Neither SPY nor The Tech provide any particular facilities for bike commuters. Fortunately, SPY had a shower. Unfortunately, I had a bike stolen once locked right in front of that museum. At The Tech, I’m blessed with a big enough office on a ground floor that I can easily store my bike inside.

I think it’s fascinating how you live.

We live in a cabin at the top of a small road in the Happy Valley area. It’s high tech/low tech living: my husband runs a virtual worlds firm (The Electric Sheep Company), I lead a virtual exhibit design program for a large museum, and yet we live in a home that runs on 12V batteries powered by solar panels. We are completely off the grid, using solar for electric lights, propane for the hot water heater and stove, and a wood stove for heat. We have composting toilets (buckets, really) and a gray water system for disposal of sink and shower water. It’s more rustic than high-tech green, and we look forward to making several improvements over the next few years to upgrade the solar, eliminate our reliance on propane and headlamps. We started 2008 with a big step in that direction–digging the trenches needed for cable internet. But in general, we love living 4 miles from downtown Santa Cruz in a place that feels like its own little world.

When we first moved to Santa Cruz, I expected to work from home along with my husband. I run the blog Museum 2.0 , which focuses on ways that museums can evolve into more user-centered, flexible, open institutions, and I’d planned to spend my time consulting for several museums and experience design firms. That made for a great summer, but when the job at The Tech came up I couldn’t say no. Solving the commuting problem (i.e. not wanting to drive over the hill every day) was a necessary challenge. While I can’t say I enjoy the fact that the bike and bus commute takes 1.5 hours each way, I sincerely love the opportunity to bike through the woods largely uninterrupted by cars. It’s a far cry from the shorter but much higher stress biking I did while living in Washington DC.

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Out of the Box: SE Lager

This post will be the first in a series of posts that will serve to give my review of this commuter offering from SE Bikes. In this post I will provide you with the overall specs of the bike and my thoughts on the bike straight out of the box.

SE Bikes is known primarily for their BMX offerings, however I was pleasantly surprise to find that they also have three models available for street use and a 29 inch mountain bike (currently being reviewed at our sister site, twentynineinches.com).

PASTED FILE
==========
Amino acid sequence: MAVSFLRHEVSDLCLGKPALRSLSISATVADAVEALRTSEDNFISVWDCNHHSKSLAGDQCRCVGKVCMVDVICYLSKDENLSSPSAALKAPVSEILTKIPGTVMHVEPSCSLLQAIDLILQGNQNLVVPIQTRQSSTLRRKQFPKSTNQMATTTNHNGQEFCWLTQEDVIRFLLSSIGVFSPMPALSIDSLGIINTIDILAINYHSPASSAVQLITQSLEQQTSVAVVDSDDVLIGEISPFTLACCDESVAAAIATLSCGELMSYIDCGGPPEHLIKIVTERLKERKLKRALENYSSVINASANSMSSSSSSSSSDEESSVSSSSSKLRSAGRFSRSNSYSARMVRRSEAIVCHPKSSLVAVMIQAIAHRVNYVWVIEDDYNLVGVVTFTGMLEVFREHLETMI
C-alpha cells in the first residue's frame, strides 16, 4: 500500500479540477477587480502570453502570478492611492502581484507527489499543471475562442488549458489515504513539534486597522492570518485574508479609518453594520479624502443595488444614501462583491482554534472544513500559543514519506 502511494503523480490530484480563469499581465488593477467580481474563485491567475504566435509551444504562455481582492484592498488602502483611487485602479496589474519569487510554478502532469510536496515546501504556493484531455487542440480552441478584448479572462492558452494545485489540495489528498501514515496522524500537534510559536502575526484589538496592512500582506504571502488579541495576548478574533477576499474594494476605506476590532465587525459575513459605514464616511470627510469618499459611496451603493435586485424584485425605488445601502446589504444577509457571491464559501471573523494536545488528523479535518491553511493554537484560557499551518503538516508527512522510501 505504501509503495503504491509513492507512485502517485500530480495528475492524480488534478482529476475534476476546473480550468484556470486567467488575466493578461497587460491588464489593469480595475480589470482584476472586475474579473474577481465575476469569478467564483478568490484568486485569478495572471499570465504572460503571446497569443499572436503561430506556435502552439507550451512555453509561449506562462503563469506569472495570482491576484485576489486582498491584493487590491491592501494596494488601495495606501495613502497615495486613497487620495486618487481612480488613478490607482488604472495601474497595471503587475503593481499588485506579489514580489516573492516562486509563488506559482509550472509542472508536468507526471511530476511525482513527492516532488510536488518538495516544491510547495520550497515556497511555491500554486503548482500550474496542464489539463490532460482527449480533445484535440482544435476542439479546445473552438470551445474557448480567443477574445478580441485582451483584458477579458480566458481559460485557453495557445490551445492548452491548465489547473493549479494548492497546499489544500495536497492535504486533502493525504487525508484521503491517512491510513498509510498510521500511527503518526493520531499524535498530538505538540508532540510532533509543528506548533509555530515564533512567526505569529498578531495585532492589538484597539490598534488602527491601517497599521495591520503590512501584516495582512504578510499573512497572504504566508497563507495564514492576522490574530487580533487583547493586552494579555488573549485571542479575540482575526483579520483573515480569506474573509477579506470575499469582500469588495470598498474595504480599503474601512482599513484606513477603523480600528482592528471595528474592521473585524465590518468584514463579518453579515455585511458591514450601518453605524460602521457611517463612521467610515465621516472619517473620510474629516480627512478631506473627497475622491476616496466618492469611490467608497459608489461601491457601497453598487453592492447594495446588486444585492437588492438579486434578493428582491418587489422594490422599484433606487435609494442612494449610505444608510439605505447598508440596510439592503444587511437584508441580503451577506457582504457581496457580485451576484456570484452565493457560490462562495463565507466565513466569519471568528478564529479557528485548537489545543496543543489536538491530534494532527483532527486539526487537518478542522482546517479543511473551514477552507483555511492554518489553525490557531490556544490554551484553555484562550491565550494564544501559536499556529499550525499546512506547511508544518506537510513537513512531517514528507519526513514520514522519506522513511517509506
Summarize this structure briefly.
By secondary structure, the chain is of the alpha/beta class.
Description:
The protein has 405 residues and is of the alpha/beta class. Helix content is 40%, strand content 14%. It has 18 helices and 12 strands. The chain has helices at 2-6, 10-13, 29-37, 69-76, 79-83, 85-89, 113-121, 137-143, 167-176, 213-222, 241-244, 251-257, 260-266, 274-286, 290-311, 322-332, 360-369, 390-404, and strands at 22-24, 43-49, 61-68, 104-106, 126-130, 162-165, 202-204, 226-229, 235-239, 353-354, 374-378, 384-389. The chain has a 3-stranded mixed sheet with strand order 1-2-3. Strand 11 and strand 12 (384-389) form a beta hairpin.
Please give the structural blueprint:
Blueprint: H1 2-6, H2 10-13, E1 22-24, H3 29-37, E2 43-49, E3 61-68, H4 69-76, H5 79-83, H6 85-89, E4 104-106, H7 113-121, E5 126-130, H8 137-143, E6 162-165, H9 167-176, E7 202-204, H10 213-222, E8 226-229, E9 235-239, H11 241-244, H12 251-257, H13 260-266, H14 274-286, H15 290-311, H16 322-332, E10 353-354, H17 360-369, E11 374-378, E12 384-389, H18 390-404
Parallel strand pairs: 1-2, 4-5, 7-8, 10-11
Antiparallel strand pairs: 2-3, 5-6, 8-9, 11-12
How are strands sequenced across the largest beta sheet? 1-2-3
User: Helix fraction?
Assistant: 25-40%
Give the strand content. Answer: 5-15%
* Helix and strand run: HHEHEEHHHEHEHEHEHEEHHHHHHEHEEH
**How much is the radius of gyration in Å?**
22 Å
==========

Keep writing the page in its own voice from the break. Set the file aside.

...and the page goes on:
The three street models (with prices) they offer are:

  • Draft – $275
  • Lager – $520
  • Premium Brew – $1050

For this review I opted for the midrange priced Lager.

SE’s BMX background gives them considerable experience in making strong, tough bikes and that is obviously what they went for in the Lager. The frame and fork is made of Chromoly steel which is known for it’s strength and durability. It also gives a much more comfortable ride than a comparable aluminum frame.

SE Lager

The bars on the bike are of the bullhorn variety and this will be my first time riding this type. The wheels on the bike are made up of Alex R500 double-walled rims and 14 gauge spokes. As with most of these commuter bikes, the rear wheel comes with the flip-flop option of riding single speed or fixed. However, the bike does not come stock with a cog on the fixed gear side of the hub.

SE Lager
SE Lager

Out of the box, the bike looks nice with it’s darker brown paint and silver highlights. And the weight of 21.5 pounds isn’t the lightest you’ll find, but isn’t over the top considering the steel frame/fork.

SE Lager

The things I find lacking on the Lager are the “options” often looked for in a commuter bike. It will accept fenders, but does not come stock with them. There are no braze-ons to make a front or rear rack an option. And the tires are your basic Kenda 700 X 28c, but have no reflective attributes or claim any puncture resistance. With more and more commuter bikes hitting the market, I’d like to see SE step it up with more commuter specific options on the Lager.

I made a couple customizations to this box for my riding. First, I pulled off the toe-clips that come stock. I’m not a fan of clips so I’m just riding with the flats. Secondly, I added a set of Reelight lights, so if the black strips you see on the spokes and the front and rear lights do not come with the bike, I added them myself.

Below are the full specs for the SE Lager and stay tuned for my First Impressions post.

SE Lager
SE Lager
SE Lager
Frame
Fork
Headset
Handlebars
Stem
Grips
Brake Lever
Brake(s)
Seat
Seat Post
Seat Clamp
Crankset
Chain
Pedal
Rim
Front Hub
Rear Hub
Tires
Extras
Colors
Weight